Vandenberg Launch: 23-Story Rocket Carrying Spy Satellite Blasts Off

Vandenberg Launch: 23-Story Rocket Carrying Spy Satellite Blasts Off

A Vandenberg launch sent a rocket more than 23 stories long into space, shaking towns as far as 50 miles away.

The rocket was launched from Vandenberg Air Force Base in California, which is about 150 miles northwest of Los Angeles. The Delta IV Heavy rocket measured close to 250 feet long, the longest rocket in the country. It was launched to deliver an American spy satellite into space, officials at United Launch Alliance said.

United Launch Alliance is a partnership between Lockheed Martin Corp. and The Boeing Co. that provides launch services for the federal government with the Alpha and Delta rockets.

The Vandenberg launch drew hundreds of people to the access road leading up to the Air Force base, with others gathered throughout nearby areas to watch the massive rocket blast off. The Delta IV Heavy rocket, which was last launched from Vandenberg in 2011, is so powerful that its engines have shaken all the way to neighboring towns and it was heard as far as 50 miles away.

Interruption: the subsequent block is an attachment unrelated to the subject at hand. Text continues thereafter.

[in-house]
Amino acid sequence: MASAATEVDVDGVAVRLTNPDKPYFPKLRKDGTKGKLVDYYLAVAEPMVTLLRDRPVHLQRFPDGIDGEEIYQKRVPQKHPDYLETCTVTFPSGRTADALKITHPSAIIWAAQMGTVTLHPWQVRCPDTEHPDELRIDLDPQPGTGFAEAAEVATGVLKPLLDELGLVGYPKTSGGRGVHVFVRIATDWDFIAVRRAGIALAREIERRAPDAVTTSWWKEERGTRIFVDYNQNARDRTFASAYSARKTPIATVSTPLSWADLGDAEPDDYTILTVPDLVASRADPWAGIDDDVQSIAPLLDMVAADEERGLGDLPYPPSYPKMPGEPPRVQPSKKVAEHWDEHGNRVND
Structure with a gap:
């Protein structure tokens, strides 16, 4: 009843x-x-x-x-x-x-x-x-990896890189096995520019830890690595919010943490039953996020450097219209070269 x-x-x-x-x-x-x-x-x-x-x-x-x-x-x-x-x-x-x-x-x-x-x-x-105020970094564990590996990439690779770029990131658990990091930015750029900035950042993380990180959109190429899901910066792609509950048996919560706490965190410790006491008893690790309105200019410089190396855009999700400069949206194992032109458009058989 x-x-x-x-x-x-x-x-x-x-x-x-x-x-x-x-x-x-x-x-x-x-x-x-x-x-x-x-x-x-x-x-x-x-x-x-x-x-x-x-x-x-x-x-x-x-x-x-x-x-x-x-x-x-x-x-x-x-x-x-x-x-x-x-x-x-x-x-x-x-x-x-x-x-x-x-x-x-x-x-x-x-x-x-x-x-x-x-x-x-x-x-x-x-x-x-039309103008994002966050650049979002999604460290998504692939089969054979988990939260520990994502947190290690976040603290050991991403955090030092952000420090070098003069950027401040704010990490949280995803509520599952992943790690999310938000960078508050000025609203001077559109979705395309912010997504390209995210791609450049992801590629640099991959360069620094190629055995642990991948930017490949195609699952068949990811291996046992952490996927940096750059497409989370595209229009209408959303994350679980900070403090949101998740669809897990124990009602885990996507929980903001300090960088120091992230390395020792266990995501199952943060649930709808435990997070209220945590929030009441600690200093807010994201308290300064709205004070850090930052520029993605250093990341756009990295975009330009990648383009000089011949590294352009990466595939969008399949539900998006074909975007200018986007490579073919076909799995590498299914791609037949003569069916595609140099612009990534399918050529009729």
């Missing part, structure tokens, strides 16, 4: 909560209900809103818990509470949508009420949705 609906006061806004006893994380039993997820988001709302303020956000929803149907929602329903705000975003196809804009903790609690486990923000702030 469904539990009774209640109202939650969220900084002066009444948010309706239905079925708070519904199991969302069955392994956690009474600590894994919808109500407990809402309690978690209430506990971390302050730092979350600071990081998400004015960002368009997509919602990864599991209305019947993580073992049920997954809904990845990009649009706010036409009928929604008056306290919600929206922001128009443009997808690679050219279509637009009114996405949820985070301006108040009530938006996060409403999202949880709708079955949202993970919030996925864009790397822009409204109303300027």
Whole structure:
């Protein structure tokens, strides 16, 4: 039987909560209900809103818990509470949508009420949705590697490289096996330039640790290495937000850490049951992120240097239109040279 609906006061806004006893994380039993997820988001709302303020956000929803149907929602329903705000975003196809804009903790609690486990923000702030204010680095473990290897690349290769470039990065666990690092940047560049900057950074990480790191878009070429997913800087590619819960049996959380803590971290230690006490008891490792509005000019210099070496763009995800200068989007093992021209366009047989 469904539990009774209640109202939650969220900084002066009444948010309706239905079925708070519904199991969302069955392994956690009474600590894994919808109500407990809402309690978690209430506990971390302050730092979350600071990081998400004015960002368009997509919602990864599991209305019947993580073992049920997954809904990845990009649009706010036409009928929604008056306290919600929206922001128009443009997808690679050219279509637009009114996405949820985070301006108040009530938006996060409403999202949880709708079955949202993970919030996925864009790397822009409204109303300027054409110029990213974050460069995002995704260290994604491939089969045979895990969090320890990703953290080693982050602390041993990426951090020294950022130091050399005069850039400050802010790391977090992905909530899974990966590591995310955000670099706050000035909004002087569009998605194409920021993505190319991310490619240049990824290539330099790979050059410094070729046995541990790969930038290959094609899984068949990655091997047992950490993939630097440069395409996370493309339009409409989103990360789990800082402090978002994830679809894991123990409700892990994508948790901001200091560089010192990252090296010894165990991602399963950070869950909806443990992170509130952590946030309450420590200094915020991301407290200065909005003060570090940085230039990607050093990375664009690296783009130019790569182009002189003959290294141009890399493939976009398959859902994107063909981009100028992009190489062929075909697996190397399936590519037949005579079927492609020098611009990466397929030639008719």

The rocket carried a satellite that will be used by the National Reconnaissance Office, the agency overseeing the nation’s intelligence-gathering satellites.

Col. Keith Balts, the 30th Space Wing commander who served as the launch decision authority, said the launch showed off the full capabilities of the Air Force base.

“We are excited to showcase this national capability for heavy lift on the Western Range in support of the NRO,” Balts said in a press released from Vandenberg Air Force Base. “This is what makes Vandenberg unique because we provide the full spectrum of space lift capabilities from smaller launch vehicles up to and including the Delta IV-Heavy.”

Some last-minute issues put the Vandenberg launch in question for a short time, but engineers were able to stamp out the problems and bring liftoff at 11:03 am, just 10 minutes later than originally planned.

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